Yet another, less important factor to this situation, was the strategic aspect. As the Cold War started to kick in, many subliminal bonds were being made between African nationalists and the Soviets. The Soviets supported the nationalist trend and wanted the colonies to prevail in their search for independence. This acted as a deterrent to the British who didn’t want start any conflict with the USSR due its sheer military and financial power, something Britain now had very little of. With the formation of the North Atlantic Treaty Organisation, countries had more of an influence on each other. The US used NATO as a way to put pressure on Britain and criticised its motives to keep the African colonies, the US deemed the colonies “old fashioned and backwards”. Regardless of whether or not this affected the British views on its colonies, there was certainly a swift change in relation to their moral standing. The foundation of the commonwealth was accurately described by Niall Fergusson as a “shift from imperialism”, the commonwealth which was founded in 1949 unified (most of) the British colonies, offered unity with the colonies and Britain. A sudden change in British attitudes for the better of the colonies (ie: nationalism/independence) could be observed.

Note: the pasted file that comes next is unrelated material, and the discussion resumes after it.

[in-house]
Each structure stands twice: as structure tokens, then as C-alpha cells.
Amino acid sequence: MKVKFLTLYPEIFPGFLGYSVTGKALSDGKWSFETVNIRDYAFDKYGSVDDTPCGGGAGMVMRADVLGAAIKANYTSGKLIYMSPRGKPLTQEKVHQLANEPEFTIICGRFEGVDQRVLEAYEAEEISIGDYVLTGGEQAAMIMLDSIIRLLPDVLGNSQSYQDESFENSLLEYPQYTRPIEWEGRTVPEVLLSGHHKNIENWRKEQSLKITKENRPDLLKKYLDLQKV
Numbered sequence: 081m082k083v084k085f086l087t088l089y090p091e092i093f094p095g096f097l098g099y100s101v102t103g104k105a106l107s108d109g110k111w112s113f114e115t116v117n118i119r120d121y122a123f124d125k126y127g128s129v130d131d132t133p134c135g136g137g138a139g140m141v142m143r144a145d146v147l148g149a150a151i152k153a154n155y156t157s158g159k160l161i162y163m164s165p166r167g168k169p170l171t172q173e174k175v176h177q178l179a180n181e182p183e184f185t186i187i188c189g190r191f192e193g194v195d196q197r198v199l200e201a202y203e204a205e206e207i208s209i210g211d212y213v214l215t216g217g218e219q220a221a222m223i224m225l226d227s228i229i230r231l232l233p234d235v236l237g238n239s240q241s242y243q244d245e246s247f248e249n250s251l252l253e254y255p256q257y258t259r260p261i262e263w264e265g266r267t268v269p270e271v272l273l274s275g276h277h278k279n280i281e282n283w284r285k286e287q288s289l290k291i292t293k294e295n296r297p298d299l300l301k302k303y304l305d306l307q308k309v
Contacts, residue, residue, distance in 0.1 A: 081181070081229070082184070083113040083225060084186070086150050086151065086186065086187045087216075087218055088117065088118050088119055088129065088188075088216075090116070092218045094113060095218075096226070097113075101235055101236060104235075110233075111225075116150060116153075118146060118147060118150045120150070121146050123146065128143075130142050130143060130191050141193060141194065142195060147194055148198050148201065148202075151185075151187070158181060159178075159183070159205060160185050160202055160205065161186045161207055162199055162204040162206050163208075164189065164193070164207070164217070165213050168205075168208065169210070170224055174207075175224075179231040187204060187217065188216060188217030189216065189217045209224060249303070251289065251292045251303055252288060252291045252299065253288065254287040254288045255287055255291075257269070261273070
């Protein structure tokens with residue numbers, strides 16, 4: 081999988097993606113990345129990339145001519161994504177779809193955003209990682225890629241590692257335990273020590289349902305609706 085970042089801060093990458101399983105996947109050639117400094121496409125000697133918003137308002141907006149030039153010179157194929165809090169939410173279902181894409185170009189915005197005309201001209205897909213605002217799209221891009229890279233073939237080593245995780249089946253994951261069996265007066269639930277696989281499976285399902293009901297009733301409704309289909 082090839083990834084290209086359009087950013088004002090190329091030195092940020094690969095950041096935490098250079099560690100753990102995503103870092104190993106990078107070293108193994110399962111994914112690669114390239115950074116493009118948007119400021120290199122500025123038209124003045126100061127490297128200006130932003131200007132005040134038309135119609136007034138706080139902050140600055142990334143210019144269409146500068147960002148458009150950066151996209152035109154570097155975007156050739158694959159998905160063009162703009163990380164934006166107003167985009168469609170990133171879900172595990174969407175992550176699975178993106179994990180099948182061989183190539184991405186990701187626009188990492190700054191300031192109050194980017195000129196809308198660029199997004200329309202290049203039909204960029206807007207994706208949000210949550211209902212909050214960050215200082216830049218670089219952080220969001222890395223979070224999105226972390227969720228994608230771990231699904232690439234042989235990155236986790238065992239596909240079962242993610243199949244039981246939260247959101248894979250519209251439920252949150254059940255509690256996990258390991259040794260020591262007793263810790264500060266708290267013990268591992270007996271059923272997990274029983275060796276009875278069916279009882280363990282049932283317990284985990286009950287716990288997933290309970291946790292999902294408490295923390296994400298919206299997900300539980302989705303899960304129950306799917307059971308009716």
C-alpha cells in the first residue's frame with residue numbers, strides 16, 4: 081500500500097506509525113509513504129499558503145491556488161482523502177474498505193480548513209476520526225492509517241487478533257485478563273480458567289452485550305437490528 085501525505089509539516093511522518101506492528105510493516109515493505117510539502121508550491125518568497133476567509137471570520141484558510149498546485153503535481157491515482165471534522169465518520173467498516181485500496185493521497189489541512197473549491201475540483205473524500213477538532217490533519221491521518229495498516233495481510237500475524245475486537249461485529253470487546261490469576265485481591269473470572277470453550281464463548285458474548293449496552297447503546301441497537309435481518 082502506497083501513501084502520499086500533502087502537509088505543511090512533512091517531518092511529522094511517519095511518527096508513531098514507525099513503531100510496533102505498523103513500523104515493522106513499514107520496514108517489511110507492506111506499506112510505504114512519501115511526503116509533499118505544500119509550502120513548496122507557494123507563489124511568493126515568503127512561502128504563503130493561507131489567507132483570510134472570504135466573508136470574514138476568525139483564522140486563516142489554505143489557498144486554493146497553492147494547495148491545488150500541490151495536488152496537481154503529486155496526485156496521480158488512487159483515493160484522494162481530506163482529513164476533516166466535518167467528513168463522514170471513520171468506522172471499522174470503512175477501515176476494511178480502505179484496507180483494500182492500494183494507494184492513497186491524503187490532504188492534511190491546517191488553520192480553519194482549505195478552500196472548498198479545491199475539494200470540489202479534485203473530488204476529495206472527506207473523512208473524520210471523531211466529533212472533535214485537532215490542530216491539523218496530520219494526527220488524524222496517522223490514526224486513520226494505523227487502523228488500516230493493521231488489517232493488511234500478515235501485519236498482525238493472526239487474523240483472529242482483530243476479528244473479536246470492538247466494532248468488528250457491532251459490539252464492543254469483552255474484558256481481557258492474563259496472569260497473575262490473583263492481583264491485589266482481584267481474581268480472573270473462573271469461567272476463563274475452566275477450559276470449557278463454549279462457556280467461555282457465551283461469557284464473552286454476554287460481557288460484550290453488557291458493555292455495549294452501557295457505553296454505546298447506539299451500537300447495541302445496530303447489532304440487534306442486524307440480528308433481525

There is a certain distinction between the British approach to European integration and that of most other member states. While many European politicians wish to move closer towards a federal Europe most British politicians support a more cautious intergovernmental approach. With this debate already initiated, there still stands the fundamental question of whether or not Britain would benefit from ...
In conclusion, economic considerations were in fact the main reason for British withdrawal from West Africa, this is because the 2nd World War was a major financial setback for Britain and the huddling of African colonies was quite simply no longer an option. This became especially apparent when MacMillan released his cost-benefit analysis in 1957. Following this, the search for independence by the British colonies was a less important factor but still a considerable reason why the British withdrew from West Africa in the years 1957-1965, a catalyst to this factor was Nasser’s speech during the Suez Canal crisis in 1956 which encouraged nationalism. Strategic considerations was the least important factor but the Cold War dynamic is still considered a driving force to the situation, this is best presented when the Soviets involve themselves and encourage nationalism in British colonies.